homophobes, ironically, are now in the closet --- true

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  8. I LOVE THIS POST. This is made of WIN.

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  9. WINNER!!! :D

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  10. Correct me if I'm wrong but I get the impression that you are arguing your point apropos of the "straight narrative", that is - having accepted that there is a class of macho men, the real men, and then there is us. I think making such a distinction is one of the things that fosters homophobia in the first place.

    The statement "Being open-minded about gays doesn't make you any less of a straight/macho man," which seems to be the implication here, is too loaded and counterproductive.

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  11. @khanto: yup, I'm referring to queer eye. :-)

    @narnian and jepoy: thanks!

    @drew: valid argument. thanks for engaging in the debate.

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  12. I LOOOOOVE LABELS! Hermes, give them to me!

    (Ayaw mo ng labels, Red? Akin na lahaaaaat! Yeah, I'm just a pretty girl, tee-hee-hee.)

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  13. Coming out should be done only to satisfy something intrinsic. Doing it for all the wrong reasons, say just so there'll be more space to stuff the homophobes in, is counterproductive. We do that, we're no better than them.

    We all strive for acceptance, and it's something that is learned. It may take some time but it'll happen.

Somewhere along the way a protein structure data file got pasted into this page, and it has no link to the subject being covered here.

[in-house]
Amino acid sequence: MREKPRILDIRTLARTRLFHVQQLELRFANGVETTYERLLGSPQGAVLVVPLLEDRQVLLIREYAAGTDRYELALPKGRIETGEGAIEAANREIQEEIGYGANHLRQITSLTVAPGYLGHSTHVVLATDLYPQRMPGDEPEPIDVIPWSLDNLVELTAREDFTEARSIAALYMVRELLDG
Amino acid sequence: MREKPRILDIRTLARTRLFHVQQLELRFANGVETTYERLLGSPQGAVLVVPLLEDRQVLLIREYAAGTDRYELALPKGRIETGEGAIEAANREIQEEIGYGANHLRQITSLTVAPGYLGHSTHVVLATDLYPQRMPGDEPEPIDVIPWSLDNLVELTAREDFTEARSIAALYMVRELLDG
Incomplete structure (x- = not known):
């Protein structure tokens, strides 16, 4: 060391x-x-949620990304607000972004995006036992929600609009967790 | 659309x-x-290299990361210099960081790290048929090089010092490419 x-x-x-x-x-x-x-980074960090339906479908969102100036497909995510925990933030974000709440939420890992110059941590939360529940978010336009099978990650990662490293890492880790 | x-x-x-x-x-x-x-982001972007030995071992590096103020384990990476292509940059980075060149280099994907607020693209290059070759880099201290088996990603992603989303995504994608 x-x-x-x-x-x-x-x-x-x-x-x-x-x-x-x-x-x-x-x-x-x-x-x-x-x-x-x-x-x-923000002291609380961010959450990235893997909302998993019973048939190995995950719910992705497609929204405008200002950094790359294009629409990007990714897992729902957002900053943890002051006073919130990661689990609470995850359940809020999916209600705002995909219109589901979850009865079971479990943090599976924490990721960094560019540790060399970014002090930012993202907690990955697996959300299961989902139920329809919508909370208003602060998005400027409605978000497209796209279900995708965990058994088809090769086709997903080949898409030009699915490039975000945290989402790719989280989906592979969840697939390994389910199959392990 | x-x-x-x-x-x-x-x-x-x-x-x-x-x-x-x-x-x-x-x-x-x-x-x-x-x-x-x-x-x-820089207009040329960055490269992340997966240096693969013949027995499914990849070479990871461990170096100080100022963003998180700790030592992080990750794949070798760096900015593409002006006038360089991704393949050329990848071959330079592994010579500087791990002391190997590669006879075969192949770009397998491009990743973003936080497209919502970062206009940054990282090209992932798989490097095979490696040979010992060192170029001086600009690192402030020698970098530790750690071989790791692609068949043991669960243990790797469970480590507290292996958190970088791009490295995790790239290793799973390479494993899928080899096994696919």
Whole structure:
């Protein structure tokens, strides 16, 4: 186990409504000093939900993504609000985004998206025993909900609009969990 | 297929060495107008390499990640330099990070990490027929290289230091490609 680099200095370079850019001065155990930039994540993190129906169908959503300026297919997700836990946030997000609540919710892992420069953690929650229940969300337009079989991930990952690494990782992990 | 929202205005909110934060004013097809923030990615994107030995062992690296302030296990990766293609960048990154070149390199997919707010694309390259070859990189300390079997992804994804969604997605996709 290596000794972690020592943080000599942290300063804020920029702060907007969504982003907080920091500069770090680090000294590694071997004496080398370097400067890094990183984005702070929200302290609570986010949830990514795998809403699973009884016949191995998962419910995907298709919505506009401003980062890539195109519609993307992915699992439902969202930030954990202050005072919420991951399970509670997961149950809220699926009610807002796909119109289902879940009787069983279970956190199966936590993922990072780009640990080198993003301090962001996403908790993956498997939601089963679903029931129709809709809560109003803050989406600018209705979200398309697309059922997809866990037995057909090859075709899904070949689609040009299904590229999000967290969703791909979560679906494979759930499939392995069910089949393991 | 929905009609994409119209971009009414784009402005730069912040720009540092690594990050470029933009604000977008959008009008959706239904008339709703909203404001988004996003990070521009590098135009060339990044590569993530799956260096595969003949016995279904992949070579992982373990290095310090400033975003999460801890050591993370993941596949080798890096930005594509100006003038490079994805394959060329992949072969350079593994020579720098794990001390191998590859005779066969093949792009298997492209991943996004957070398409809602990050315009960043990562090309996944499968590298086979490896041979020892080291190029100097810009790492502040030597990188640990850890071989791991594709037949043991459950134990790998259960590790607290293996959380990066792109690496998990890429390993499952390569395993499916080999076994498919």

Nice read. :)

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  14. @mark: I completely agree. Coming out is never required, and you do what needs to be done to be able to live your life. But it is easier to come out today, in its most general sense, than it used to be several years ago.

    As always, I appreciate people who engage in the discussion.

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  15. @joel: as always, your irreverence is refreshing. :-)

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  16. Alas! A blog that has sense, and a blogger with lots of common sense to share! <3 worth reading...

    -Life-

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  17. You kept me glued on my computer. :) You are wonderful.

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  18. May I speak in Tagalog? because my brain is bleeding (not just my nose, hehehehe =P)

    you know what, I had a boyfriend who became a gay. maybe I was not aware that he had tendency to be a gay. actually, he claimed that he was bisexual. whatever! that's why every time I see two men walking together, I suspect that they have relationship. hehehehehe